strange effects from system rearranging..

I moved my system from the short side of the room to the wide side. I used to sit about six feet from my speakers and I was disappointed by the sound. I moved the system to the long wall close to the corner. Speakers are about 20" from back wall and right speaker is 24" from sidewall. I now sit 3 feet away with speakers toed in and tweeters meeting about 1 foot in front of me. WOW what a difference!
Vocals are dead ahead and full not thin, with drums sharper and bass fuller. Instruments come from behind and around the speakers. Some sounds come from far left and right of the speakers. Now im wrapped in sound. Its like the sound is in an arc in front of me. Im happier with the sound now. I was listening to Edie Brickell and the New Bohemians "Shooting Rubber Bands at the Stars" and I was surprised at the quality of the recording. Is this the way a properly setup system is supposed to sound?
It's good that you like the sound of your system with its new setup, but it's hard to answer the question in the last sentence of your post. If I read your post correctly, you are apparently sitting only 3 feet from your speakers. Boy, talk about nearfield listening! At that distance, I'd think the tweeters might sound a little "hot", but, like I said, if it sounds good to you, that's what matters.
You describe what is probably just great sound from an unusually close listening position. If your speakers are small monitors this could well be hog heaven. However, if your speakers are full range floor standers you may not be far enuf back for the multiple speakers to intergrate properly.
Well maybe its 5 feet, but its close. I was listening in the dark. My speakers are toed in so the image is behind the speakers up on the wall. I sit in an ikea lounge chair which I move into position when I want to listen. This creates a problem becaues sometimes its hard to get the same seating position as the last time. My system is in my bedroom so there is lots of junk around me. I think this contributes to the difficulty in getting the perfect listening position.
I too am a little confused by your description - if you're so close to the plane of the speakers (or especially to the speakers themselves - I'm not sure which you mean), and the tweeters are aimed a foot in front of you, the speakers must either be very close together or very toed-in. The long wall can often be better than the short wall for getting the speakers away from the sidewalls, but it sounds like you have one of them closer to a corner than the other, which would tend to make the response uneven.

In any case, a typical listening arrangement would be a roughly equilateral triangle or slightly longer, with the 'sides' being at least 5ft. or more, and moderate toe-in. A 'nearfield' set-up would ideally place both the speakers (small two-ways) and the listener well out into the room, away from all walls and close to each other, but this is not the usual set-up, especially in in a room that is not a dedicated listening room.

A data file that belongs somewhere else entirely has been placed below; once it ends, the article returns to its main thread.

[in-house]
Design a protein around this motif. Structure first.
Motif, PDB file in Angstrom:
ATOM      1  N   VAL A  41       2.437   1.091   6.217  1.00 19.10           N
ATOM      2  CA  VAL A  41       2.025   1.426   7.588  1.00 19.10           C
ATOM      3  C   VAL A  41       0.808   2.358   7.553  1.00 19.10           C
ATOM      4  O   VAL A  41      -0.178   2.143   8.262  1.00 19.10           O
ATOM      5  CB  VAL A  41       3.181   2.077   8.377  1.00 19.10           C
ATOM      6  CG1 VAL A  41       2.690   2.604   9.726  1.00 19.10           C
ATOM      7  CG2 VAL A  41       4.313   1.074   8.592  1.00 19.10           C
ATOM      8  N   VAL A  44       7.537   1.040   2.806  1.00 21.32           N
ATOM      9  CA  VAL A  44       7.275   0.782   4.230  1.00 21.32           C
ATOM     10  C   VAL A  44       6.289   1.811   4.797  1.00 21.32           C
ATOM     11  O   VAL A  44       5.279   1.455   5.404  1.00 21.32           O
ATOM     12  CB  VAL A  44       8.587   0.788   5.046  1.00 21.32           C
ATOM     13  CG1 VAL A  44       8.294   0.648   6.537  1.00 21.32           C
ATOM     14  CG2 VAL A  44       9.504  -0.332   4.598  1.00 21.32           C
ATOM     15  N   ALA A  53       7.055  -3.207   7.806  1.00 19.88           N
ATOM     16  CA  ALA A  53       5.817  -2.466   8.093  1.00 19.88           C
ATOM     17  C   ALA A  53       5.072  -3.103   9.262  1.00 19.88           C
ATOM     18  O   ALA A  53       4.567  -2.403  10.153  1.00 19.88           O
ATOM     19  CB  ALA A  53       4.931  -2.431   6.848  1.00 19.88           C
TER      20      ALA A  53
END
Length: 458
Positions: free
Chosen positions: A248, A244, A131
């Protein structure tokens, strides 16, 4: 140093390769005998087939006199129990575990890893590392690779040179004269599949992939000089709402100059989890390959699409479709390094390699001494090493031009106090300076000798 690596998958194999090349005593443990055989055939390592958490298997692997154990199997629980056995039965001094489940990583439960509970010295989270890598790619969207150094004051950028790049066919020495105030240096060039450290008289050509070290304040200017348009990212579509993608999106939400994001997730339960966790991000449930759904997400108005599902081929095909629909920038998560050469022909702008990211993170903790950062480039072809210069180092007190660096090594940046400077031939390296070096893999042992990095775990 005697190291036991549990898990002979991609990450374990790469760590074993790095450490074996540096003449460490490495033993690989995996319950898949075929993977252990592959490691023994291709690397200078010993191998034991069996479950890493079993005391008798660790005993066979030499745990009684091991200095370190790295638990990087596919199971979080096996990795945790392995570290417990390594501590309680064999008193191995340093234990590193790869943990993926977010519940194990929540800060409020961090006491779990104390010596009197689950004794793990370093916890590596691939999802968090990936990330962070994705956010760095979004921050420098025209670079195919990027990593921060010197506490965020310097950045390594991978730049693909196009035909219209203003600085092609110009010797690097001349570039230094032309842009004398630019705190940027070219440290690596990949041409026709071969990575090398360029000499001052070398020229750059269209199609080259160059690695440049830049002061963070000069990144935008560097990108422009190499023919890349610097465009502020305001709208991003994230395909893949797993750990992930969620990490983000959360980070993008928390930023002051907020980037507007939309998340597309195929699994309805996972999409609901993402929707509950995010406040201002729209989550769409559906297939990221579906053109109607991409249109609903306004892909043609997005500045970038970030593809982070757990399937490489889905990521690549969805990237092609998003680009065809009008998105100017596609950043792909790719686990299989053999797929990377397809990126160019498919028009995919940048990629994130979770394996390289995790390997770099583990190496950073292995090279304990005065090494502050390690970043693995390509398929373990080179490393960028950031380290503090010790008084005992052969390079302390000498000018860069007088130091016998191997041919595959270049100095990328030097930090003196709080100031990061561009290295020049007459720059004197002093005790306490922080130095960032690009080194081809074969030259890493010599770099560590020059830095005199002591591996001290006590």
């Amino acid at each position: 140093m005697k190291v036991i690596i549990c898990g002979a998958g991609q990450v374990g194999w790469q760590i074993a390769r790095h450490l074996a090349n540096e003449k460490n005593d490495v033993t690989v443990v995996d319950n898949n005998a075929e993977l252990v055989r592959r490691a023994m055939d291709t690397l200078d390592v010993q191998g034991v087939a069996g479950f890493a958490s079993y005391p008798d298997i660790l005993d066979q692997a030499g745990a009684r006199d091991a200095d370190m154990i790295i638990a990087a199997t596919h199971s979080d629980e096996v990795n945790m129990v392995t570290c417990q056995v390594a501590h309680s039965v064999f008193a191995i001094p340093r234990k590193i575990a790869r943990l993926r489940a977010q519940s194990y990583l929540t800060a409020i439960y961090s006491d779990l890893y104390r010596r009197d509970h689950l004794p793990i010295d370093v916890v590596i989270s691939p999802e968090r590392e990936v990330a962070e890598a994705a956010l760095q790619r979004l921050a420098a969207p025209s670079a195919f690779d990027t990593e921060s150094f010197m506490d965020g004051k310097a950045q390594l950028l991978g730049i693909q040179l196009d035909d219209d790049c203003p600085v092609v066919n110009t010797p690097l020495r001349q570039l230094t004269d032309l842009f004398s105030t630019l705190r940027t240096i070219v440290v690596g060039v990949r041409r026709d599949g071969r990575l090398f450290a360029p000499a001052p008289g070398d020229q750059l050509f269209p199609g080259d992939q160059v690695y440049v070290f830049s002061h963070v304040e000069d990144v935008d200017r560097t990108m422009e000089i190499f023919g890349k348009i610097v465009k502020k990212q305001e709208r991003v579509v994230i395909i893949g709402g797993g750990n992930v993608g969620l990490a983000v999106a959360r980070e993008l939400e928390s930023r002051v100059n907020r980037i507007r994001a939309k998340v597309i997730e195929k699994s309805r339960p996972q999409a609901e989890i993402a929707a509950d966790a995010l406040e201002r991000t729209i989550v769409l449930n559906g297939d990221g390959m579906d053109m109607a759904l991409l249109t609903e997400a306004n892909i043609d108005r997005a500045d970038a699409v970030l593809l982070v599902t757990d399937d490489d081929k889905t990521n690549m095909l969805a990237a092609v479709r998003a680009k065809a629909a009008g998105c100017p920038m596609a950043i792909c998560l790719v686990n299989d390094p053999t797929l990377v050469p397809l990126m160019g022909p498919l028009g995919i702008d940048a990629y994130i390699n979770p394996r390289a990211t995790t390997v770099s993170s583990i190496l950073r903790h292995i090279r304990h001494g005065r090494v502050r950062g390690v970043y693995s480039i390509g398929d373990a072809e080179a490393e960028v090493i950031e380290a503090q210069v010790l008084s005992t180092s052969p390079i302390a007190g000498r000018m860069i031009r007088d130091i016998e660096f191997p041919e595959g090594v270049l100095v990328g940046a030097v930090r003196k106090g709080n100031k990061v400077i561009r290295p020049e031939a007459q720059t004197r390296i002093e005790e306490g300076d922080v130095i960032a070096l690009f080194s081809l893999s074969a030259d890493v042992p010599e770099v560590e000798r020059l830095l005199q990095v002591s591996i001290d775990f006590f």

Of course, do whatever sounds good to you, but do try to keep in mind what sounds natural as well, since a lot of weird effects could be induced by unorthodox placement, any of which might be interesting or even enjoyable without being accurate or satisfying in the long-term. Since you don't say what "disappointed" you about the sound before you moved everything, I will infer from your results that it may have been bass-shy and unfocused in your previous set-up, but neither is 'surround-sound' verging on headphone-style the normal perspective. I'd listen for a while longer, and then keep playing around with it to see if you can do better.

In general, I would suggest using closer front-wall/speaker proximity to effect bass reinforcement if needed, but to stay as far away from the side-walls and corners as is practical, and try to make the positioning of the speakers in the room fairly symetrical for both left and right, with toe-in not exceeding aiming straight at the ears and speaker separation not exceeding the listening distance. If possible, try using some music recorded with a natural perspective rather than close-mic'ed to double-check your best speaker and listening positions.
Apartment life sucks, but Ill be stuck living in one for a while. Before I had the current set up the speakers were set-up along the short wall with the room divided into thirds. I could only sit about 10 feet away with a damn bed in front of me. There were too many reflections with the walls and furniture. The sound was bright and the bass was thinner. I cant seem to get the exact seating position so that wraparound effect is lost, but the imaging is still good. The right speaker is closer ro the wall because of all the aforementioned crap in the room. It sounds better than it does before and Im so close the reflections are cut down.
Yes, you do what you can, when you can. Having to place a bed in between you and the speakers before would have been a problematic acoustic obstacle, and likely would have actually absorbed (rather than reflected) some of the radiated sound, besides maybe having caused you to need to sit too far away for the size of the room and/or the separation of the speakers. Keep experimenting if you can for the meantime, best of luck.

Thanks, I will. I moved them a little farther away from the wall, into the center of the room, and the image is a little more even on both sides. Thanks for all the help guys!